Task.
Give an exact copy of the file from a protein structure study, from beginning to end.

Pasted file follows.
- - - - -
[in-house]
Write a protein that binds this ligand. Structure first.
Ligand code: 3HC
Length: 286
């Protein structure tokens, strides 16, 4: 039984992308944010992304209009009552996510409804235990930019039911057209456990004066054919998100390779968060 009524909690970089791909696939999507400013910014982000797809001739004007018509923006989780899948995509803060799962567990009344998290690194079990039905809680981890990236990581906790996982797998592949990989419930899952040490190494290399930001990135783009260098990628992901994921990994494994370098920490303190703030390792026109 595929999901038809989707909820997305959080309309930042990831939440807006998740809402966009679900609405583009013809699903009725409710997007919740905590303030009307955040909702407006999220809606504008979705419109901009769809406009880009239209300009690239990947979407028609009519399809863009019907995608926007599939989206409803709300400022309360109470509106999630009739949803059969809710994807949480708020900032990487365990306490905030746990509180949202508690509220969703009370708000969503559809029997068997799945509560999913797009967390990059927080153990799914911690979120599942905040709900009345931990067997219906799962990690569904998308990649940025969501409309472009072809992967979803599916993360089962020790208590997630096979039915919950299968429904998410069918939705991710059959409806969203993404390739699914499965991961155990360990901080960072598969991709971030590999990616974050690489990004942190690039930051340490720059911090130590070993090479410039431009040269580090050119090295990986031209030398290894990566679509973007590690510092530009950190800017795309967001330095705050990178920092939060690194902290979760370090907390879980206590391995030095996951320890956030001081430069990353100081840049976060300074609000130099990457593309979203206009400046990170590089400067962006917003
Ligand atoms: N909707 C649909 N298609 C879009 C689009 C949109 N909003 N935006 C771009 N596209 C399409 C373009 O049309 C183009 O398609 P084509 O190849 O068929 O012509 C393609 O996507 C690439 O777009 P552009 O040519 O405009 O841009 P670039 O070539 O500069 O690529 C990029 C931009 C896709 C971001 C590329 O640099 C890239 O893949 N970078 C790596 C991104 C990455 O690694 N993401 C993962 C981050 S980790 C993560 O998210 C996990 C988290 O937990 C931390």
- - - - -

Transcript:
[in-house]
Write a protein that binds this ligand. Structure first.
Ligand code: 3HC
Length: 286
């Protein structure tokens, strides 16, 4: 039984992308944010992304209009009552996510409804235990930019039911057209456990004066054919998100390779968060 009524909690970089791909696939999507400013910014982000797809001739004007018509923006989780899948995509803060799962567990009344998290690194079990039905809680981890990236990581906790996982797998592949990989419930899952040490190494290399930001990135783009260098990628992901994921990994494994370098920490303190703030390792026109 595929999901038809989707909820997305959080309309930042990831939440807006998740809402966009679900609405583009013809699903009725409710997007919740905590303030009307955040909702407006999220809606504008979705419109901009769809406009880009239209300009690239990947979407028609009519399809863009019907995608926007599939989206409803709300400022309360109470509106999630009739949803059969809710994807949480708020900032990487365990306490905030746990509180949202508690509220969703009370708000969503559809029997068997799945509560999913797009967390990059927080153990799914911690979120599942905040709900009345931990067997219906799962990690569904998308990649940025969501409309472009072809992967979803599916993360089962020790208590997630096979039915919950299968429904998410069918939705991710059959409806969203993404390739699914499965991961155990360990901080960072598969991709971030590999990616974050690489990004942190690039930051340490720059911090130590070993090479410039431009040269580090050119090295990986031209030398290894990566679509973007590690510092530009950190800017795309967001330095705050990178920092939060690194902290979760370090907390879980206590391995030095996951320890956030001081430069990353100081840049976060300074609000130099990457593309979203206009400046990170590089400067962006917003
Ligand atoms: N909707 C649909 N298609 C879009 C689009 C949109 N909003 N935006 C771009 N596209 C399409 C373009 O049309 C183009 O398609 P084509 O190849 O068929 O012509 C393609 O996507 C690439 O777009 P552009 O040519 O405009 O841009 P670039 O070539 O500069 O690529 C990029 C931009 C896709 C971001 C590329 O640099 C890239 O893949 N970078 C790596 C991104 C990455 O690694 N993401 C993962 C981050 S980790 C993560 O998210 C996990 C988290 O937990 C931390």